Cooking while camping: Things to keep in mind

I grew up cabin-ing, not camping. What I thought classified as cooking outdoors extended as far as hot dogs and marshmallows (toasted to perfection because that was the only skill I developed). Maybe there was birthday cake or the rare occurrence of fancy appetizers to have on the beach with drinks, but these were always prepared in a fully equipped kitchen and carried the 100 m to the beach so that they classified as ‘outdoor eating’.

Cascades roadtrip

Until last year my only experiences of real camping were Girl Guides (vanilla pudding cups and bannock) and a high school trip with friends where we had chips and sandwiches. Clearly both of these experiences made an impression and made me (justifiably) believe that food on a camping trip had to be kind of lacklustre. WRONG! I was wrong! I fully and completely admit it.

Enter: grown-up camping. The kind where bourbon is served over real ice cubes rather than chugged out of the bottle. The kind where fresh vegetables make more than a cursory veggie platter appearance. It’s delicious, and relaxing, and only requires following a few principles to make it your go-to vacation on a budget.

1) Pack only the essentials. By this I mean one pot will do. And you don’t need to bring your wine decanter. Why not over-pack if you're car camping and can fit it all in? Because if you have it you’ll use it, and just like at home, washing dishes is the worst part.

2) Do pack a good knife though. This is not an item to skimp out on, yet people always try to get by with a paring knife alone. “Cutting” a tomato with a knife which won’t puncture the skin or slicing steak by sawing at each piece until it rips off are not ways to make you enjoy camping. Bring one serrated and one chef’s knife for all of your cutting needs.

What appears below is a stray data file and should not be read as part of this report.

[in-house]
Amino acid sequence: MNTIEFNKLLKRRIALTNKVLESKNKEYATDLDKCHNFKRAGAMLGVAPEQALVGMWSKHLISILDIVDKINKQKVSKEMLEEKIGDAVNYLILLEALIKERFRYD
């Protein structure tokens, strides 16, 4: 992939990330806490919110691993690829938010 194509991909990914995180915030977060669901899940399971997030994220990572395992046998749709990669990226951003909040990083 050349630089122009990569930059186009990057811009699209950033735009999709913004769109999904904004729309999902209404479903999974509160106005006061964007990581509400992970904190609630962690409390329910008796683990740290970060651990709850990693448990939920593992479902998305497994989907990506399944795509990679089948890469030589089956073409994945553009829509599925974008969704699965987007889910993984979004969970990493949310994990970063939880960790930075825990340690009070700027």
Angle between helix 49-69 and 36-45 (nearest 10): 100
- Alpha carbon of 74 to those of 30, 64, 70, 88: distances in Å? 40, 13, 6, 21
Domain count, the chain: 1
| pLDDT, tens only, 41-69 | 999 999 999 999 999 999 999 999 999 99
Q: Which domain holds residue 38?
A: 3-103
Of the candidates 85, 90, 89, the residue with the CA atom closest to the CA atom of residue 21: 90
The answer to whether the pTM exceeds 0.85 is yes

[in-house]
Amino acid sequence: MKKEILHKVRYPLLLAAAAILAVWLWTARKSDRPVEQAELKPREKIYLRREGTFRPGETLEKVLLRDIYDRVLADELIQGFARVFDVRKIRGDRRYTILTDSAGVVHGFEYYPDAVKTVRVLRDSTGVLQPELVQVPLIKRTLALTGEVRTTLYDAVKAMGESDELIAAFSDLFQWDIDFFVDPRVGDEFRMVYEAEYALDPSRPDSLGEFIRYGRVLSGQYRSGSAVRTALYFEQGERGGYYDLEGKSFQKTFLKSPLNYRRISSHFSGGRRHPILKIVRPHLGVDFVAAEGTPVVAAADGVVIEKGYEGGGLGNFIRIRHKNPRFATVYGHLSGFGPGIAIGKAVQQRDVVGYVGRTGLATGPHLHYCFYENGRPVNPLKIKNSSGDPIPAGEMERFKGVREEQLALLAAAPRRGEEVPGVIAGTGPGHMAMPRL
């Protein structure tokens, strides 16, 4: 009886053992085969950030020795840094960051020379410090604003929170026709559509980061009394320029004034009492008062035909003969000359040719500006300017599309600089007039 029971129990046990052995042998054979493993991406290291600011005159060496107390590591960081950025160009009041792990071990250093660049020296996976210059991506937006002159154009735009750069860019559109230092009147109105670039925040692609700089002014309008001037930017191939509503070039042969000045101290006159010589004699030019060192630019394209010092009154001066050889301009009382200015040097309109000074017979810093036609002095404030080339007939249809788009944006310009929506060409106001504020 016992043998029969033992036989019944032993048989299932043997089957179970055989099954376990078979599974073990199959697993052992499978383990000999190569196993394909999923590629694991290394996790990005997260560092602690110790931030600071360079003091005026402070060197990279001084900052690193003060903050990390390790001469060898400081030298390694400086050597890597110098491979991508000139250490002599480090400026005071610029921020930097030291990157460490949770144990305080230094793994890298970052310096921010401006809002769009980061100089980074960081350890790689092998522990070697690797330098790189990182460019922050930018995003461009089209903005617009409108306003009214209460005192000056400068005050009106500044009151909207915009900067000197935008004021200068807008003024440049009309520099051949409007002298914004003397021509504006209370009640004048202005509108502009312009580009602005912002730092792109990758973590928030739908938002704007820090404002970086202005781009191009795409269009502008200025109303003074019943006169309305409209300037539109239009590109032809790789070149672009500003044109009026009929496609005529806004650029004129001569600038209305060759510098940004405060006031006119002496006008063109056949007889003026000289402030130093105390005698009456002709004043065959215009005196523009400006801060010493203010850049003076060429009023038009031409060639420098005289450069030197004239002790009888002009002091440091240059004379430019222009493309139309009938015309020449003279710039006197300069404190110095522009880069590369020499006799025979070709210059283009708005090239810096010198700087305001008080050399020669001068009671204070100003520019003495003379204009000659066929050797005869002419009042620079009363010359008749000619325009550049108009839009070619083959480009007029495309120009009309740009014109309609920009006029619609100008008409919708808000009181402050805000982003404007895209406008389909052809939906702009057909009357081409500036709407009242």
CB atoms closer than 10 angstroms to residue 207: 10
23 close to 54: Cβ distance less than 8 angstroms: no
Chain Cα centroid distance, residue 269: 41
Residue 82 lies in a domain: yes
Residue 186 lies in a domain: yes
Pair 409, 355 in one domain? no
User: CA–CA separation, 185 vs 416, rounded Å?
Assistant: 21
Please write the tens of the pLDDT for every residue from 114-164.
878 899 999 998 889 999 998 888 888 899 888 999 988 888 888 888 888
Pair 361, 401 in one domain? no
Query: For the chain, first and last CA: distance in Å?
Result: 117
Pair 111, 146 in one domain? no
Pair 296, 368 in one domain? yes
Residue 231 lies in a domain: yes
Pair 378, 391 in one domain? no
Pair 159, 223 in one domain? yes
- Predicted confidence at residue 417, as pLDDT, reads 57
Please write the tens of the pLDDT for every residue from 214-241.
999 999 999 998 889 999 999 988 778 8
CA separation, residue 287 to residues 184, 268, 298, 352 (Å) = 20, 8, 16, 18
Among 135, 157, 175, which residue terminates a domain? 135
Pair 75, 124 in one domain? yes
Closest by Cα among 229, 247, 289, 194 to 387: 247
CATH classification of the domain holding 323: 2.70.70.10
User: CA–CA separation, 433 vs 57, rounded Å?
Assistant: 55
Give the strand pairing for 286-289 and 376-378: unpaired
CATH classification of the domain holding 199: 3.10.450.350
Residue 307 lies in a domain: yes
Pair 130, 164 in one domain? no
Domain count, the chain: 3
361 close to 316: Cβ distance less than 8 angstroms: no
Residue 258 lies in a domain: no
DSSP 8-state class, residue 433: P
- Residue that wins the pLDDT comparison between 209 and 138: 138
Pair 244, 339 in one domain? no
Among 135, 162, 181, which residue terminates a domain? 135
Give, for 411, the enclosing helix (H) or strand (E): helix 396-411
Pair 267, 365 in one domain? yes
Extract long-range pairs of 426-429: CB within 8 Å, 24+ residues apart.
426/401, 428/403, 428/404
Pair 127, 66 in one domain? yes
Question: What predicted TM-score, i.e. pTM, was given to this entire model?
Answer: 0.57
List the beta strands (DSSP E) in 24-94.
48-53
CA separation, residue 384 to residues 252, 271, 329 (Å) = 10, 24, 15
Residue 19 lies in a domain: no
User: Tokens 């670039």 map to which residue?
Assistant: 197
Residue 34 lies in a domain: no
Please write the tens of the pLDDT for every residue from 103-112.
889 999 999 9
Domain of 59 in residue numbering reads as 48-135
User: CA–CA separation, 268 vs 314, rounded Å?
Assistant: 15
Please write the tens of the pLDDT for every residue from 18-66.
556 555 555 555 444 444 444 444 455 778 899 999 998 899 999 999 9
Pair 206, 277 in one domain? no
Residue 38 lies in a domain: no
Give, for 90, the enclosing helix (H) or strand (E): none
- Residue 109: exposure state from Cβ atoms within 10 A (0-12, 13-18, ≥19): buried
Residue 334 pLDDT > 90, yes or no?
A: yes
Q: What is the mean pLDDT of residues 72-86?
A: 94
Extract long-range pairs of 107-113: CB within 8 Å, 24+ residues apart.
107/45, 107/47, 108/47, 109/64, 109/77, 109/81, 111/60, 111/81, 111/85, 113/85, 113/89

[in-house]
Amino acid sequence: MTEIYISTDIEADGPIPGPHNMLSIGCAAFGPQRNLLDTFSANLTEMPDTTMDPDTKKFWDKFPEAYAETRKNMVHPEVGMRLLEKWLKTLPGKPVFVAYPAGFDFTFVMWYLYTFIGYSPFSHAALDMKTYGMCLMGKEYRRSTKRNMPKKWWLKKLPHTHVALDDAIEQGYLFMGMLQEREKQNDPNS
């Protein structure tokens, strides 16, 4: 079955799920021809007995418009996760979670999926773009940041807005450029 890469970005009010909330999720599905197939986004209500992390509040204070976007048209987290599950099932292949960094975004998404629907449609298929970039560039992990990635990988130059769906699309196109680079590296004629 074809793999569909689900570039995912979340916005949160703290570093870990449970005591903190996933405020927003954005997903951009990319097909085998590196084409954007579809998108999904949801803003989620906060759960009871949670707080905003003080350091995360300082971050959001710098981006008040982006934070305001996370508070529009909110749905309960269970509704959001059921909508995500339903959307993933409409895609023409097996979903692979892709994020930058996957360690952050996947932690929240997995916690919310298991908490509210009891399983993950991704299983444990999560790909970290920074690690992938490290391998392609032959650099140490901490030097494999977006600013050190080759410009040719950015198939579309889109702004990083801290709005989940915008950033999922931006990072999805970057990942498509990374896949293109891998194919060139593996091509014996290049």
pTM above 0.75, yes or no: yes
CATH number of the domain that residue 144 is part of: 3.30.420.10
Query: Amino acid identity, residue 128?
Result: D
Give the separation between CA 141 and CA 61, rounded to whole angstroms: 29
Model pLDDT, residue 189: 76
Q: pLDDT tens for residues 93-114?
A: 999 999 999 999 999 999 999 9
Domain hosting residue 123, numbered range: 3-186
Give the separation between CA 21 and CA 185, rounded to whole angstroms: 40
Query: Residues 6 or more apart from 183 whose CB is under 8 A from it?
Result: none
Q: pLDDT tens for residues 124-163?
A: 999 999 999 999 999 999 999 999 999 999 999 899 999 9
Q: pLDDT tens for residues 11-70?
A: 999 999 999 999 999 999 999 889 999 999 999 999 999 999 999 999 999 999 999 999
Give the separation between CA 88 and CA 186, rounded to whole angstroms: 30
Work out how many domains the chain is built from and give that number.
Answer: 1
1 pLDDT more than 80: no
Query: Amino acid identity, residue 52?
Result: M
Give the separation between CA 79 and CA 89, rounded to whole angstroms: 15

Camping at Kettle River

3) Make a few things ahead. You’re not attempting to cook every meal before you go, but if you can do a few things like make a marinade or even an aioli for sandwiches you won’t need a million tiny jars. Importantly here, you’re clearing up space in the cooler for the stuff that matters. Like beer.

4) Embrace the seasons. Purchase your main groceries as close to where you're camping as possible. That way they'll be fresh (rather than hot-car wilted) and full of flavour so you won't have to do much to them. Cooking while camping means keeping the flavours simple, but that doesn't mean small. Chopping a bunch of veggies and putting them on the grill with sausages takes practically zero effort and is oh-so-satisfying. Avoid herbs unless you're using them the first day because they always get crushed and become unpleasant.

5) Bring along a few extra mason jars. You know that horrible realization that the cheese in the cooler is sitting in melted ice water that's been contaminated with raw meat? I hate that moment. That's why I recommend packing a few extra wide-mouth mason jars; any package that gets opened can be popped inside one for serious protection. Ziplocs work well too, but they tend to have a short life span before being tossed out. 

Having just returned from a week-long camping road trip, I can say that putting these tips into practice makes all the difference. They won't, however, stop you from getting in trouble with the border guard when you accidentally (I SWEAR) try to take fresh fruit out of the country. Apparently the next time I make that mistake it's going to cost me $1200; so the final tip: eat all the fruit.